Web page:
Top Pediatrics Trends 1999-2009

The last decade has produced some amazing changes in child health. Recently, I consulted some of the top pediatricians in the country to figure out where we’ve come from and where we are going next.  Some of these changes may surprise you, so hold on to your seat!

1. IMMUNIZATIONS HAVE REDUCED DISEASE AND CHANGED PEDIATRIC CARE

Hands down, immunizations have been our number one advancement in child health. As Carden Johnston, MD, FAAP, past American Academy of Pediatrics President, put it:

“Immunizations… (have) changed the way we practice medicine” by dramatically reducing the amount of incurable and devastating diseases.

2. GENERAL HEALTH CARE OF INFANTS IS BETTER

Dr. Johnston also pointed out that simple interventions have dramatically improved infant health:  “How about folic acid (for pregnant moms) and its impact on neural tube defects. The back to sleep campaign has had a tremendous change in [infant mortality rates]. “

3. PARENTING IMAGE AND CONFIDENCE IS SHAKY

American Academy of Pediatrics Member and Seattle pediatrics Don Shifrin, MD, FAAP, noted that parents are not portrayed very positively by Hollywood compared to years past:

“On the screen most parents are portrayed as absent, ineffective, clueless, or just plain mean. No more Cosby shows, Growing Pains, or that ilk. Just check the Disney Channel for examples daily.”

This erosion of a strong parental image may be what is behind the shaky parental confidence so many of us are observing in our offices and the dramatic rise in emergency room visits for relatively simple issues. Elizabeth Murray, MD, FAAP, Fellow, Pediatrics Emergency Medicine notes:   “During my training, I have lived and worked in 4 different parts of the country (and) one thing that seems to be on the decline is tolerance of a sick child.I think families are busier (with) moms often on their own.  They do not have an experienced grandparent to show them the ropes.”

4. YOUTH SPORTS INJURIES ARE ON THE RISE

Kids are simply playing sports too young and too hard with injuries occurring at younger ages such as Tommy John surgery that simply shouldn’t be occurring. Don’t count on your town’s league to do the right thing by your young athlete.  You must get more informed and be your child’s best advocate!

5. OUR KIDS ARE OVERSCHEDULED…AND DON’T NEED TO BE!

Dr. David Elkind wrote his famous book “The Hurried Child” in 1981. Today, in 2008, 27 years later, the situation is markedly worse than his famous book predicted.  The impact on our kids is increased stress with poor self-esteem. Studies are crystal clear on two fronts that our kids need more free time and more play.

Dr. Alvin Rosenfeld calls what we are doing “hyper-parenting” and suggests we all need to schedule our kids less so we can be as a family more.  The National Family Night movement came from his call to action that we’re truly pushing our kids in teh wrong direction and over parenting.

6. DR. GOOGLE

Many parents often turn to the web for information instead of calling their child’s pediatrician. This is a dangerous practice, as pointed out by Mark Rosenberg, MD, FAAP, a pediatrician from Chicago, Illinois:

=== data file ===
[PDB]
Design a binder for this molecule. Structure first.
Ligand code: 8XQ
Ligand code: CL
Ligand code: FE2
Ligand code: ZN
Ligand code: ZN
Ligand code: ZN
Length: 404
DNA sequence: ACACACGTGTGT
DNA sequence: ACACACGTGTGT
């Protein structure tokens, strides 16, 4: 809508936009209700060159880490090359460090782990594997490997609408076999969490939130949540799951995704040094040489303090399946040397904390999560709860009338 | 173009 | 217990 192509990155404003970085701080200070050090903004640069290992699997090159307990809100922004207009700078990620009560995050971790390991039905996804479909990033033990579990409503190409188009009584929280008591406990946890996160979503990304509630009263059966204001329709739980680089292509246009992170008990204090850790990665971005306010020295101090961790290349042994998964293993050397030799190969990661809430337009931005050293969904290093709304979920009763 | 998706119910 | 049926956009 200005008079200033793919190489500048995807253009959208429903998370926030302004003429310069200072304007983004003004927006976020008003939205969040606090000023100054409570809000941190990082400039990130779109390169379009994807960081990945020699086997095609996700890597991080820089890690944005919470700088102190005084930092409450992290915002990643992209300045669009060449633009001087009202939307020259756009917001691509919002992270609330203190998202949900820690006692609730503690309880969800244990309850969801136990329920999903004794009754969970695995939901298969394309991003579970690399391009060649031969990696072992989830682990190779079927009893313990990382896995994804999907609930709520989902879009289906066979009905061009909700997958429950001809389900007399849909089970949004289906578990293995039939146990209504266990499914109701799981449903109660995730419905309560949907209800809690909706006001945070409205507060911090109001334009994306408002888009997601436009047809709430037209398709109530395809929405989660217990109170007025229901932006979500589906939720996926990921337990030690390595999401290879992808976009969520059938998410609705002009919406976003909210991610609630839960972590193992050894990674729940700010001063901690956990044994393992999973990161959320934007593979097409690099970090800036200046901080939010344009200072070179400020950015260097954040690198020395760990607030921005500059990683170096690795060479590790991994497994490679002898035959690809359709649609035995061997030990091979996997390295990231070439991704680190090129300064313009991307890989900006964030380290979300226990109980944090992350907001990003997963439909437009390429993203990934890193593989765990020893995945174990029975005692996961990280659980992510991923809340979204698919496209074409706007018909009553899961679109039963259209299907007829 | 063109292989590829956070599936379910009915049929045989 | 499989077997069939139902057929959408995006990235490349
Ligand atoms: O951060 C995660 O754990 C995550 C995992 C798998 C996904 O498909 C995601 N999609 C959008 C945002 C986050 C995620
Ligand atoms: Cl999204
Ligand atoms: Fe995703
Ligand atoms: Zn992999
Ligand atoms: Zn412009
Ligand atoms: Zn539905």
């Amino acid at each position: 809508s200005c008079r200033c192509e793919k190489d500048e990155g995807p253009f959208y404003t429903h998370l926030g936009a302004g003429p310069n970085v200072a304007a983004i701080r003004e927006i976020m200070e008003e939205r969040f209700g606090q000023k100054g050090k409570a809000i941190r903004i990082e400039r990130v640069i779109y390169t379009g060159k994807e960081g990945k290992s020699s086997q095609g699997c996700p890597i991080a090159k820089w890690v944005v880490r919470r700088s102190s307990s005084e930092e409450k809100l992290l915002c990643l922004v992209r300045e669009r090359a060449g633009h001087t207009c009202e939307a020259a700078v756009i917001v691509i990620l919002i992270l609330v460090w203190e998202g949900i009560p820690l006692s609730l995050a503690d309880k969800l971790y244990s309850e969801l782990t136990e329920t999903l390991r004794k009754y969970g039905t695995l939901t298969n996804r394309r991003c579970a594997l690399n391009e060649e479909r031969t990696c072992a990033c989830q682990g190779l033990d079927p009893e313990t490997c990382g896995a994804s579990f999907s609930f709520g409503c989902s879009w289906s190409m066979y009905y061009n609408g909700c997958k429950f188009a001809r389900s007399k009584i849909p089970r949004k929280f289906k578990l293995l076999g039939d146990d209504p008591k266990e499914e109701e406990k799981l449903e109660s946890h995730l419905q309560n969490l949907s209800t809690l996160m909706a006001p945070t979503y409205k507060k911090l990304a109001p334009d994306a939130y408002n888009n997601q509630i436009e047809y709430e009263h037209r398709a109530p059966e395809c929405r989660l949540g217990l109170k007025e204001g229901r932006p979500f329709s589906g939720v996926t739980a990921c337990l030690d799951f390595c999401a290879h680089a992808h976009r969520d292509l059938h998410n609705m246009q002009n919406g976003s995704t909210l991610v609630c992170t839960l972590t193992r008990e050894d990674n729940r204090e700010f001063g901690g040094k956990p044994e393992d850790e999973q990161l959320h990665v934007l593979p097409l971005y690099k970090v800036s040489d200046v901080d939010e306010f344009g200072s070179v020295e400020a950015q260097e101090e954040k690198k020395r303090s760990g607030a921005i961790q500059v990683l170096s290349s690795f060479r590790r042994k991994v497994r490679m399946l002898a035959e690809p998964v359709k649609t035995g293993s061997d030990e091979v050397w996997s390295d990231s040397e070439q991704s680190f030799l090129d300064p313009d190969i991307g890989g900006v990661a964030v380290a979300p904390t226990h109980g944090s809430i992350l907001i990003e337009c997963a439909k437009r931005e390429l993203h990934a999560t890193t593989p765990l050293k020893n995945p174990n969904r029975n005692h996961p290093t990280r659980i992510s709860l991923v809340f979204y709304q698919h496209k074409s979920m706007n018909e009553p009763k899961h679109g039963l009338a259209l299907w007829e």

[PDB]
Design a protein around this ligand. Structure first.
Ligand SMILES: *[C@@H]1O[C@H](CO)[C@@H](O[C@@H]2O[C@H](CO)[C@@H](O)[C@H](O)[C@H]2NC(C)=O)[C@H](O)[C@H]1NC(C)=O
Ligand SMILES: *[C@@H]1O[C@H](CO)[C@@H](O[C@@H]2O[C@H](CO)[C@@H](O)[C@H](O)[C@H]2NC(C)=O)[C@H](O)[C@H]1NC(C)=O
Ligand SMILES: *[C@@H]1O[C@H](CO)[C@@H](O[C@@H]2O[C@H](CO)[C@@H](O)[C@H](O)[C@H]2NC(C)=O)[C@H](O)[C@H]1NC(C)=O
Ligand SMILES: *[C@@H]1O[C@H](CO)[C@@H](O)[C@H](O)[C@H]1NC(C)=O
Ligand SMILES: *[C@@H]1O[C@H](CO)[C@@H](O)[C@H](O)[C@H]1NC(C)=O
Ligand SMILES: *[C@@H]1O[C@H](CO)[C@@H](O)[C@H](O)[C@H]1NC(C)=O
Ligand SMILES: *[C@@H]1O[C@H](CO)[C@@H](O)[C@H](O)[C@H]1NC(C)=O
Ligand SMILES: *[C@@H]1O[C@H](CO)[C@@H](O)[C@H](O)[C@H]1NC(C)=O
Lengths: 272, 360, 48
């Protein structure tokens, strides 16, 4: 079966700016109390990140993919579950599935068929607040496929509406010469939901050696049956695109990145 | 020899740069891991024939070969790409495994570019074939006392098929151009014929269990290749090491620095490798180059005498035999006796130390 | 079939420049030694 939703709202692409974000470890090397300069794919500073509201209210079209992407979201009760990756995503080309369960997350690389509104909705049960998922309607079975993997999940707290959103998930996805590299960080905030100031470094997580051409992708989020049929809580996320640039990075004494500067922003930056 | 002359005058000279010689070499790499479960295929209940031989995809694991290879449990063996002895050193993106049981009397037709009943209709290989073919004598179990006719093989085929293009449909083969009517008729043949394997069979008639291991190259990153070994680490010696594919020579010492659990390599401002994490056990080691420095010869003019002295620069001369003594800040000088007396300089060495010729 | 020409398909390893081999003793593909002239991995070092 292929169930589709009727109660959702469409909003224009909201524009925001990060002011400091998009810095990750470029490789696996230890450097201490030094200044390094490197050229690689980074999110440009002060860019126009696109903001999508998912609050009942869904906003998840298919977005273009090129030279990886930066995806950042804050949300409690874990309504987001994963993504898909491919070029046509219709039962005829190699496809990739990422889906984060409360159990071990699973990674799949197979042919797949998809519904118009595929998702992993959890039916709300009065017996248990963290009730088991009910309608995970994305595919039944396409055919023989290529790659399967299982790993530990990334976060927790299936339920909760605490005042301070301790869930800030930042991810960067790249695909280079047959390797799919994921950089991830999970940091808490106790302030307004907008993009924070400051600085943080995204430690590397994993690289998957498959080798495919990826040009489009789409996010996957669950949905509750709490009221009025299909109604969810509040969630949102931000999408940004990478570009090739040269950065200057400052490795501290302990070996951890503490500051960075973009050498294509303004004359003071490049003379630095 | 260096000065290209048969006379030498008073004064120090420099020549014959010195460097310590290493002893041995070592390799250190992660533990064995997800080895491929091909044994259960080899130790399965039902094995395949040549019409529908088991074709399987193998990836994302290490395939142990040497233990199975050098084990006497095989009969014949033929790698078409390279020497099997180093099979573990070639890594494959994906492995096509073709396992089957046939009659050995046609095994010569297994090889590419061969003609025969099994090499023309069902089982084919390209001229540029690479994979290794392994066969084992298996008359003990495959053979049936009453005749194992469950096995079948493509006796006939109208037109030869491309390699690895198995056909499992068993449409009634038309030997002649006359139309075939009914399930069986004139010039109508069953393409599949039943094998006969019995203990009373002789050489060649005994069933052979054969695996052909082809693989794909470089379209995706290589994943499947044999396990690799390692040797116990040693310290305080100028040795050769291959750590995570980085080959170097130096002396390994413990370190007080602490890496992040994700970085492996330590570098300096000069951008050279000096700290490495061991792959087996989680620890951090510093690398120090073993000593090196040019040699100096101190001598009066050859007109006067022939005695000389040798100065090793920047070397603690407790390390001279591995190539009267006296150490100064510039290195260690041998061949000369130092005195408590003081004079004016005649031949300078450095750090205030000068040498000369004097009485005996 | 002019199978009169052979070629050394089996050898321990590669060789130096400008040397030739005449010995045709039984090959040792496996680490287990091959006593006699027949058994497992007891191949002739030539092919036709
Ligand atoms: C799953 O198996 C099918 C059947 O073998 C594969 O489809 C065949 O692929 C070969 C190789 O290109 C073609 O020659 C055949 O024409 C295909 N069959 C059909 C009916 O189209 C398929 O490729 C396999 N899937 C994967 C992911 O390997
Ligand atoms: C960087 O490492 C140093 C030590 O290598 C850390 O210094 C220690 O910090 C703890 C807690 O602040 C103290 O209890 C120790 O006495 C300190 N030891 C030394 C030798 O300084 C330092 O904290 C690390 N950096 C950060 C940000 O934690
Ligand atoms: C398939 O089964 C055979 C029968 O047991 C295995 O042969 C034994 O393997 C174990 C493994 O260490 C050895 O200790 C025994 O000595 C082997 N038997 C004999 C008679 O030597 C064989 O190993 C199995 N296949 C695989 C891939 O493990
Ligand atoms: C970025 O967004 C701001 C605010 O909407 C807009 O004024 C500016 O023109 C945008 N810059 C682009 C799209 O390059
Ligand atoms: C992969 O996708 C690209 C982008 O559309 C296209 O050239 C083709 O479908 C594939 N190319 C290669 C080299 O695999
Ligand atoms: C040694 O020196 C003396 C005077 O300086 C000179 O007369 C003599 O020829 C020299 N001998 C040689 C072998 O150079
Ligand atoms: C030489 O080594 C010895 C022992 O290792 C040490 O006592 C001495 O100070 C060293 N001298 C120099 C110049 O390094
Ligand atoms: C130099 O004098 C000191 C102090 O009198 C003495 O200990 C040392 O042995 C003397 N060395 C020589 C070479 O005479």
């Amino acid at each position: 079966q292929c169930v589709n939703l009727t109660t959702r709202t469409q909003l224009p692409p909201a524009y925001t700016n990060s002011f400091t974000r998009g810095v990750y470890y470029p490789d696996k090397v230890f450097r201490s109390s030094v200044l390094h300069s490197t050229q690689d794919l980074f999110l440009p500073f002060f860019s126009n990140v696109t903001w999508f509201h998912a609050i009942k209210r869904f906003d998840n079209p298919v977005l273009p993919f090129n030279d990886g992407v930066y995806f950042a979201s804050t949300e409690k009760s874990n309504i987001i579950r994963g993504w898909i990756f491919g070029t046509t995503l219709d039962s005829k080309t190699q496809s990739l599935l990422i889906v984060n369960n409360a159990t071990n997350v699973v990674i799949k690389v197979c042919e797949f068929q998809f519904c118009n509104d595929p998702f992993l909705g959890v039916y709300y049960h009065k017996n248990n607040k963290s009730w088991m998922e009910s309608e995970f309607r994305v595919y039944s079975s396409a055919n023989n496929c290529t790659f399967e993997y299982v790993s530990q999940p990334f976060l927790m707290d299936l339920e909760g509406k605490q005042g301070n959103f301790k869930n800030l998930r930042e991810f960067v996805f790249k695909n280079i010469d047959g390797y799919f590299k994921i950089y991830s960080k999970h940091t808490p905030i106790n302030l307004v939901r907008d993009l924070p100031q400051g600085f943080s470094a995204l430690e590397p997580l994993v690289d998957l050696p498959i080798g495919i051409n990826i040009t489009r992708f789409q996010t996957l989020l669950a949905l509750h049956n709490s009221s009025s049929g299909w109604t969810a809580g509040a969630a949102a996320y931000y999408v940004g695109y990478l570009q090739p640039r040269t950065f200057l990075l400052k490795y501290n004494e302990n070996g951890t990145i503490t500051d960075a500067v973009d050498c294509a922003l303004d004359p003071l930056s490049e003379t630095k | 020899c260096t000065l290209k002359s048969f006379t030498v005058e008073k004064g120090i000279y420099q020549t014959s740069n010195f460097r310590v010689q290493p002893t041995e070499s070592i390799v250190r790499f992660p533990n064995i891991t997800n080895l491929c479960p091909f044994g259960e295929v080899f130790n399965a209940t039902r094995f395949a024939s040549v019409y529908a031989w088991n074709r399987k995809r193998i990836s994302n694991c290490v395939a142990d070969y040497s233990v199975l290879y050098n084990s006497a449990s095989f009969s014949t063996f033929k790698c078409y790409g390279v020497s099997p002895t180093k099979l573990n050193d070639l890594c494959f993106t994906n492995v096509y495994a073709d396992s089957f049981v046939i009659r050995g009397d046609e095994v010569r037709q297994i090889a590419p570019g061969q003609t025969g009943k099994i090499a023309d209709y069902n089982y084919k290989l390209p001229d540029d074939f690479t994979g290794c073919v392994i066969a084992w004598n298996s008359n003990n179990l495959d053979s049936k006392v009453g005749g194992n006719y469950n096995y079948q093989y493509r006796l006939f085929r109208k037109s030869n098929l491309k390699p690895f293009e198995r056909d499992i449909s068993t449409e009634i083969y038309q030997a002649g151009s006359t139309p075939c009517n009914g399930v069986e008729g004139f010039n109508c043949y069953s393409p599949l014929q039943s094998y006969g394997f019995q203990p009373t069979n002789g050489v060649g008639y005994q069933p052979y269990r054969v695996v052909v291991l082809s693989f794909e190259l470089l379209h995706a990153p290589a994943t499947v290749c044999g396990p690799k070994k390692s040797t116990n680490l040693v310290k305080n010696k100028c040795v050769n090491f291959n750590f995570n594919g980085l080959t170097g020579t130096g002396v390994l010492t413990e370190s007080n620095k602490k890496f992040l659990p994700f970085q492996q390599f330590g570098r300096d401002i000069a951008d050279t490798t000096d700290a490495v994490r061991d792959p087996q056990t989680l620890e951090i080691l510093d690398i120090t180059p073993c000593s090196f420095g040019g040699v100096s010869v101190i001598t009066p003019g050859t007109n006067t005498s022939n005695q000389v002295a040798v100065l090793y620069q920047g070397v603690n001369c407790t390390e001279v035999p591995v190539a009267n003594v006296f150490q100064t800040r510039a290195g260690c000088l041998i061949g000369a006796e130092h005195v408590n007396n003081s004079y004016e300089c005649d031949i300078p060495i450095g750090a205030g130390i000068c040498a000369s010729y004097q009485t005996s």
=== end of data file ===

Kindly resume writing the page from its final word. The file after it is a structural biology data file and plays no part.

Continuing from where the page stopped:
“As recently as two generations ago, when a parent needed advice on the care and raising of their child, the trusted source of information was a grandparent or other close relative.  Now the ‘trusted’ source of information is the internet and the various information services available on line. While we owe a great deal to the information revolution online, there is much to be wary of.  Information may be posted by literally anyone, who then becomes an instant expert. “

7. BODY IMAGE

Visiting the McCord Museum at McGill University recently, I stumbled upon a fashion exhibit,  Reveal or Conceal?, that looked at trends in woman’s fashion from the 1900s to now. Click here to see the slide show of the exhibit.

Clearly, we show more skin and our clothes have much less material than even a decade ago.

Kids are looking too much like young adults and too many adults are trying to look like older kids. And, way too much skin is being shown on all ages.

Fashion can still be trendy with a bit more modesty and it is up to us to help our kids understand that and to lead by example.

8. THE FUTURE: TECHNOLOGY

According to Dr. Carden, “ Providers (in the next 10 years) will do more “eyes on hands off” care (where) monitors for the chronically ill will be connected to the physicians office so then they can use their cell phones (and computers) to look at each other, saving trips to the office and  (avoiding) many trips to emergency departments during evening hours.”

9. …AND GENETICS

Utilizing our new and growing understanding of the genetics of illness, it won’t be long before we see new and very high tech treatments of disease that utilize this knowledge and go after the imperfections in the genetic code that are resulting in disease.  This won’t be a comfortable situation for everyone initially but in many ways no different than the shock many people felt when vaccines were introduced. That was considered revolutionary way back when.  Dr.Johnston agrees.  “…the ethics, technology, science and entrepreneurism of genetics will confuse parents and providers alike”, he told me. “By 10 years we should be working through those issues…Challenges facing parents and providers will be almost as big as they were in the 40s and 50s with polio.”

10. A LOOKING GLASS INTO THE FUTURE

In a snap shot, what we are doing is not working out so well.  We must reclaim those values from the past that worked do well for kids and families and learn to move forward with social and scientific progress without losing them…again.

(Originally posted October 2008; updated December 2009)

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